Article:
TOURISTS ATTRACTIONS IN BIHAR

Patna is a city abounding in the relics of the bygone ages. Takht Harmandir Saheb is of religious importance to the Sikhs and is believed to be the place of birth of the last Sikh guru, Govind Singh. The Jalan Museum with a rare collection of curios. Sher Shah’s mosque in the heart of the city is a splendid example of Afghan architecture. Among the numerous mosques in Patna, Begum Hajjam’s mosque stands as the oldest. Saif Khan’s Madarsa mosque, built in 1630, commands a magnificent view of the riverfront. Saif was married to Malika Bano, the elder sister of Mumtaz Mahal, the wife of emperor Shahjahan. Excavations at Kumhrar have yielded the remains of a Mauryan palace with sandstone pillars. One can still see Agam Kuan or the fathomless well, which was part of Ashoka’s hell for prisoners. The famous Mahendru Ghat in today’s Patna is the reminder of Mahendru (Ashoka’s brother) who had sailed from this very Ghat to Ceylon in order to preach Buddhism. The Khuda Baksh Oriental library is a treasure trove of medieval manuscripts. The Patna Museum is noted for its collection of statues and a very old fossilized tree, 16 meters high. Close to the museum is the Gol Ghar, the 29 meter high beehive shaped granary constructed in 1786, following a terrible famine. The Patna Cemetery is a historically important European monument situated in what was once a Haveli (mansion) and is now a hospital. Some distance from the cemetery is the Padri ki Haveli, a Catholic church with an imposing façade.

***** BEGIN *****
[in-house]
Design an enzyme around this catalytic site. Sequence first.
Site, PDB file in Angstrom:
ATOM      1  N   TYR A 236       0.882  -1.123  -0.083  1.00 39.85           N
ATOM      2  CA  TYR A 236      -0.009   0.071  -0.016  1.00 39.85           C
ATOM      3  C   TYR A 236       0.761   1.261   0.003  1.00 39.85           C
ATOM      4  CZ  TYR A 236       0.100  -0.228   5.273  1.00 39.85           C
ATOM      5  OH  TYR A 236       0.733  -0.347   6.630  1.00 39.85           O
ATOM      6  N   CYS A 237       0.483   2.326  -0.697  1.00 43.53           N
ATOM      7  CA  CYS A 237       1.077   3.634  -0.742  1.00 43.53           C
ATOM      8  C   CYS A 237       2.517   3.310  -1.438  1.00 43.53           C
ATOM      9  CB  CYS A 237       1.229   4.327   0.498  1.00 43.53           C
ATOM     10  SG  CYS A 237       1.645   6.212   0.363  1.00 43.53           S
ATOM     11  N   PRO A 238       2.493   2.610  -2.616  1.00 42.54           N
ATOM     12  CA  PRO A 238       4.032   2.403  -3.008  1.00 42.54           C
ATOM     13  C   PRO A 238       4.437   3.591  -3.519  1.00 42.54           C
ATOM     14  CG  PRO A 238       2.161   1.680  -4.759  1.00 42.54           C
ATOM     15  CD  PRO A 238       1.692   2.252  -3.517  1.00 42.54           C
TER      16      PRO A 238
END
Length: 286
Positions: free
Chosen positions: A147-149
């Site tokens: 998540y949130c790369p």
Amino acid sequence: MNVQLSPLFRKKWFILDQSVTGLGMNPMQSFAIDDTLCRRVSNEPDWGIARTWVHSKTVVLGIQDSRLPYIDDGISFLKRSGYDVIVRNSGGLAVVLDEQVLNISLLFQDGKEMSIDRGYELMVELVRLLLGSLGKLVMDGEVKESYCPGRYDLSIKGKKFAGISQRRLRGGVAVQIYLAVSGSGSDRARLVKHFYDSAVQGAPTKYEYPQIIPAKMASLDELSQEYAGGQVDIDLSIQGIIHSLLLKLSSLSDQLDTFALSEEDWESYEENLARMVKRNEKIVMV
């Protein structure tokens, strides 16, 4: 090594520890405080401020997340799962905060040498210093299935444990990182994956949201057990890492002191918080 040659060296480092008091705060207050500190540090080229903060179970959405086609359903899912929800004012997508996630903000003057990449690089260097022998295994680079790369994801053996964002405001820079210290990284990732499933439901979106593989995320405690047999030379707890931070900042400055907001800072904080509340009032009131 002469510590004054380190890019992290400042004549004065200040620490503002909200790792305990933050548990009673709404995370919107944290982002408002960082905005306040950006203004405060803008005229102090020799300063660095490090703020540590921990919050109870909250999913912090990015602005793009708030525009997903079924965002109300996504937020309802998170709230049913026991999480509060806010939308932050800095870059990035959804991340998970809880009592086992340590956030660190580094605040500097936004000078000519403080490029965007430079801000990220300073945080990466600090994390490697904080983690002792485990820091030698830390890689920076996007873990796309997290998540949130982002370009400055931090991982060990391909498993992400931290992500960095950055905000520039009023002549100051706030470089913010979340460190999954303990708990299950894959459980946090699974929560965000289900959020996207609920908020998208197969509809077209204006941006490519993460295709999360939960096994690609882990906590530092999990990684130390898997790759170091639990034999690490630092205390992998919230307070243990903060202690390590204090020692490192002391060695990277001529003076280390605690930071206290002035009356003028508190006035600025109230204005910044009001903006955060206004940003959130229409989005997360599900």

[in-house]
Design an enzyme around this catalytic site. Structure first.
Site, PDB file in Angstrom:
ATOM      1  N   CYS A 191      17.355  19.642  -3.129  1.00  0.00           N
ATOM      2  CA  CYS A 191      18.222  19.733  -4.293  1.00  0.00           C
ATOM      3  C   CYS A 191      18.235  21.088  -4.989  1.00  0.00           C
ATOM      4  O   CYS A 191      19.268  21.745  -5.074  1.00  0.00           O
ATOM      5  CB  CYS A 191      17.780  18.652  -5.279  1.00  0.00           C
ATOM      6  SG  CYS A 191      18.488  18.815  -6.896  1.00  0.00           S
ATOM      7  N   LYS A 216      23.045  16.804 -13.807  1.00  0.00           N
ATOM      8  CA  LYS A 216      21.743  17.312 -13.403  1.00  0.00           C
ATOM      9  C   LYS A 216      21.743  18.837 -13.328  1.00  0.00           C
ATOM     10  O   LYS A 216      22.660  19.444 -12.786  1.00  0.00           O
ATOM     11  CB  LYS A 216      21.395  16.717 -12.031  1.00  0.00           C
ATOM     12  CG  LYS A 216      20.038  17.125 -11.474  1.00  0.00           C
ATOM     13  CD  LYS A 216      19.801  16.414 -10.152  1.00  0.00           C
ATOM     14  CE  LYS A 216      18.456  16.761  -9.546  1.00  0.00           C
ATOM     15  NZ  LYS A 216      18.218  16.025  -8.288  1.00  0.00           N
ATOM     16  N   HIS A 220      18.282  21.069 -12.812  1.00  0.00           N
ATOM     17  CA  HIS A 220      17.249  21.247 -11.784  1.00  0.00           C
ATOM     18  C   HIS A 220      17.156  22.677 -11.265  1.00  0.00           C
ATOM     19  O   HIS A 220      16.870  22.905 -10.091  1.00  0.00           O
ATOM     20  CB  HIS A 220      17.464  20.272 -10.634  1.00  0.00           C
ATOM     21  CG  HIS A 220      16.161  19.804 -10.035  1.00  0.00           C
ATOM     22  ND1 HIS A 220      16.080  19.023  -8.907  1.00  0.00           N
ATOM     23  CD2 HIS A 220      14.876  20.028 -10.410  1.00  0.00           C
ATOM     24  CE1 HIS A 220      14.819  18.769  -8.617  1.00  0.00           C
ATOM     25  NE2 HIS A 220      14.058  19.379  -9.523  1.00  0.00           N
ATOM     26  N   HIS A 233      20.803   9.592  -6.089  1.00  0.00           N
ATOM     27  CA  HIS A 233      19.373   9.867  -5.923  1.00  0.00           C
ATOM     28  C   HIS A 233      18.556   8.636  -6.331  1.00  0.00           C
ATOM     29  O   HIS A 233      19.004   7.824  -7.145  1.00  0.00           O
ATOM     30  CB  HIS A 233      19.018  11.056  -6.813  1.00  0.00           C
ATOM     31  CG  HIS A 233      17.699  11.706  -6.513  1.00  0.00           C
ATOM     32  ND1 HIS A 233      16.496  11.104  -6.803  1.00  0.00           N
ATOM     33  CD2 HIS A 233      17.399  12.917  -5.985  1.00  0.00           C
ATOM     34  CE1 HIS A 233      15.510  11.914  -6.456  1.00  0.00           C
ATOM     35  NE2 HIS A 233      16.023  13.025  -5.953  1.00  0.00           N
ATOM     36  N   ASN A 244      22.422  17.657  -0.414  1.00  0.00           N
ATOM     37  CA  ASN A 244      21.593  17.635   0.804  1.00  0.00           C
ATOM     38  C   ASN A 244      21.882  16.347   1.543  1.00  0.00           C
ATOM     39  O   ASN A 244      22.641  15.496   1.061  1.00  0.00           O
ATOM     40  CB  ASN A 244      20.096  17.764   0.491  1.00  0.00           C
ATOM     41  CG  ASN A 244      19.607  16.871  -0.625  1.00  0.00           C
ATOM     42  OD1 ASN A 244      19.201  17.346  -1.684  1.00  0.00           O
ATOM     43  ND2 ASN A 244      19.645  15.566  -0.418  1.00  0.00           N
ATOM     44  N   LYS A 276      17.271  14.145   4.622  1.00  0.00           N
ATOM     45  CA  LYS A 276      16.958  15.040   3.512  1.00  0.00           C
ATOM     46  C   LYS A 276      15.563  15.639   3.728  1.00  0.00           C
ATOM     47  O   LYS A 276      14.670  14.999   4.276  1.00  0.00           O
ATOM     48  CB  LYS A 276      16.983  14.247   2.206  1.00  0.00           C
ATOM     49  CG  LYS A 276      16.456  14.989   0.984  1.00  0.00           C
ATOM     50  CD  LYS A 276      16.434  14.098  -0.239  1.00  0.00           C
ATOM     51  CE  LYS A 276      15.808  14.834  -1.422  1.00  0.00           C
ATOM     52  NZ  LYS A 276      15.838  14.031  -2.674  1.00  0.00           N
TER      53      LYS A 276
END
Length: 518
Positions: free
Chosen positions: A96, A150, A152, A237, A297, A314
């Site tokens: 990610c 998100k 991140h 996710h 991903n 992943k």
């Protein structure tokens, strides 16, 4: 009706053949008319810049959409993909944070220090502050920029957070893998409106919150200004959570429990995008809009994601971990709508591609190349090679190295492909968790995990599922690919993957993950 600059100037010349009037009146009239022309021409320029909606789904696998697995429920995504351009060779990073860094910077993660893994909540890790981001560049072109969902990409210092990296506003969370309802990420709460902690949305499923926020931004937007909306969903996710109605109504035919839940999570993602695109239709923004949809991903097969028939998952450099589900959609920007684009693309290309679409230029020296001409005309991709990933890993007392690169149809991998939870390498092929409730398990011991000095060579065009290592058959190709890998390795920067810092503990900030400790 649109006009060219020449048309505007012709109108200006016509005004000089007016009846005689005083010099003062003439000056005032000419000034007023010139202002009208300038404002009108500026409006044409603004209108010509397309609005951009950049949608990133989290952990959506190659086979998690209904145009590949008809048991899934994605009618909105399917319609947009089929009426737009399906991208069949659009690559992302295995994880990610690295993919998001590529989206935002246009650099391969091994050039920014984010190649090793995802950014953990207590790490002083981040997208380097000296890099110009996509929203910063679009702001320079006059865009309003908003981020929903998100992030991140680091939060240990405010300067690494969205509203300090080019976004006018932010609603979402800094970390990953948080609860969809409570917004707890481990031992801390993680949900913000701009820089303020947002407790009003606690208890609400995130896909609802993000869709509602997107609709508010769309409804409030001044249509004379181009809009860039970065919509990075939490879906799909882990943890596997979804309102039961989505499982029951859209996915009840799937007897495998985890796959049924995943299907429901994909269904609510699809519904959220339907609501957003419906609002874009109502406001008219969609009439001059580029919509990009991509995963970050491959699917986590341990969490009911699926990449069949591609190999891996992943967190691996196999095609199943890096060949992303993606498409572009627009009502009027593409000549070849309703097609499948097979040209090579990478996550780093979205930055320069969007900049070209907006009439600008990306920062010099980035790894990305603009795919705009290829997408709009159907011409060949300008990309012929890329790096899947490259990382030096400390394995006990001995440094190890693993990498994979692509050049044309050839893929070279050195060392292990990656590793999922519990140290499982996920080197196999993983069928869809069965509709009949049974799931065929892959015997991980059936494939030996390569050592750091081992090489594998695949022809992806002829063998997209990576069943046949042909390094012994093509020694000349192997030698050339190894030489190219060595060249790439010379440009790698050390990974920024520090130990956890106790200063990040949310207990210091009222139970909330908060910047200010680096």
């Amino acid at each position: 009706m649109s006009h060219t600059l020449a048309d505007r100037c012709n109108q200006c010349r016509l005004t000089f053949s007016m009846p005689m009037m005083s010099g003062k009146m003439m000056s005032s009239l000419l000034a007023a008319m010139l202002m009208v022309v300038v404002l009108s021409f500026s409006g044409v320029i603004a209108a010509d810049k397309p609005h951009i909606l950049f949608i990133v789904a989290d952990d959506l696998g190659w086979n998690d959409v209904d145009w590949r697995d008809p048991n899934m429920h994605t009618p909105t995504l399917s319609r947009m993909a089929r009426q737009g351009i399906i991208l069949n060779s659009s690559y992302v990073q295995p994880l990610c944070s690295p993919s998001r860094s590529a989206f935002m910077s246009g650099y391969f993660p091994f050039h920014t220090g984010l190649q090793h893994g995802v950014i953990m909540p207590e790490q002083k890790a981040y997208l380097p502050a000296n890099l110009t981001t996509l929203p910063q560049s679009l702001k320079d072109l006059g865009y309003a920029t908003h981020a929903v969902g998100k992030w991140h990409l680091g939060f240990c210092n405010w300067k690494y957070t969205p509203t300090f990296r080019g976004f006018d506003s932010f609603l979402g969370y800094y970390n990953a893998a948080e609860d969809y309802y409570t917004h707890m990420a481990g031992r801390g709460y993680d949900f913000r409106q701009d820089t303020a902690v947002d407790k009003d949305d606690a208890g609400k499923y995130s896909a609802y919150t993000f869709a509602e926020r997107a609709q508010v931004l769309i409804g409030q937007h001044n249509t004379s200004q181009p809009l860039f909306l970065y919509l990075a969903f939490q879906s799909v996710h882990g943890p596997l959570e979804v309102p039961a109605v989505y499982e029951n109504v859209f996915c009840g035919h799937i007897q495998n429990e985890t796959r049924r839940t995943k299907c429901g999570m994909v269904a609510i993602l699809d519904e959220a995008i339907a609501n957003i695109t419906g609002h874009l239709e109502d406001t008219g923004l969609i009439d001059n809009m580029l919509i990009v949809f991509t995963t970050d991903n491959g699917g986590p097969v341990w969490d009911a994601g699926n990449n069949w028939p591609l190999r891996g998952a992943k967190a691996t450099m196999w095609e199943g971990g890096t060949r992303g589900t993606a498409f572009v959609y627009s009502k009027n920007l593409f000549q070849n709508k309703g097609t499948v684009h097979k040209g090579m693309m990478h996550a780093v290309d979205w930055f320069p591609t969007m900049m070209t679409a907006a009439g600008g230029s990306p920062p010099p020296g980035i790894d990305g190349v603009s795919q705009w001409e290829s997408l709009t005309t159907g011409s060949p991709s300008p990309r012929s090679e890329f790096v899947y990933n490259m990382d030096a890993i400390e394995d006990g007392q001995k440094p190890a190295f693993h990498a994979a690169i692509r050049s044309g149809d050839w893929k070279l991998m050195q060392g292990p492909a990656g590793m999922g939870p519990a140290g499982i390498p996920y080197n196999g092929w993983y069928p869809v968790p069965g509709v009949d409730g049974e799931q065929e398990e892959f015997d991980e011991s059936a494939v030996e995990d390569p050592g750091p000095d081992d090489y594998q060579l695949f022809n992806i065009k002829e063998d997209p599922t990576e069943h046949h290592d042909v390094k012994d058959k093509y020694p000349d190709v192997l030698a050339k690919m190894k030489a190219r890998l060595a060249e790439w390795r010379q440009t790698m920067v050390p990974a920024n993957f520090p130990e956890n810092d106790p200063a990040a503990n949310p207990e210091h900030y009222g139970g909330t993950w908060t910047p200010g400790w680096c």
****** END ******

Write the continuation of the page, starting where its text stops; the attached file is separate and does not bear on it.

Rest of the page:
Thirty kilometers from Patna is Maner, a medieval stronghold of the Turks and the site of the shrines of Hazrat Makhdum Yahya Maneri and his son Shafruddin Ahmed Maneri.

Tour to Bihar The remains of an ancient fort with massive cyclopean walls together with other sites amidst lush green surroundings of Rajgriha recreate the glory of the past. Until the discovery of Mohenjodaro and Harappa, this was believed to be the oldest architectural remains in India. The site is equally revered by the Jains, as their 24 Tirthankars are believed to have practiced austerities on the different hills of Rajgriha. The Jal Mandir at Pawapuri (the sinless city) marks the site where Vardhamana Mahavira (the 24th Tirthankar) was cremated while Parasnath hill is associated with the Nirvana of the 23rd Tirthankar, Sri Parsvanath.

Nalanda, in the heart of Bihar, stands as the world’s most ancient seat of learning. The ruins confirm the university’s ability to cater to the needs of 10,000 students until the 12th century AD. The excavations have yielded numerous monasteries, temples, stupas and statues of Buddha. The Vikramshila University was an important institution of Tantric Buddhism and there was a regular exchange of teachers between the two universities.

Bodh Gaya houses the site of the sacred Mahabodhi tree where the Buddha attained enlightenment. Adjoining the tree is the high-spired Mahabodhi temple considered to be the most sacred shrine for Buddhists. Add to this the Hindu legend of Gaya, which was the name of a demon that grew so powerful that the gods felt threatened. As a pre-condition to his death, he demanded that the area covered by his body should be one of the holiest spots of the world. This land is believed to be Gaya.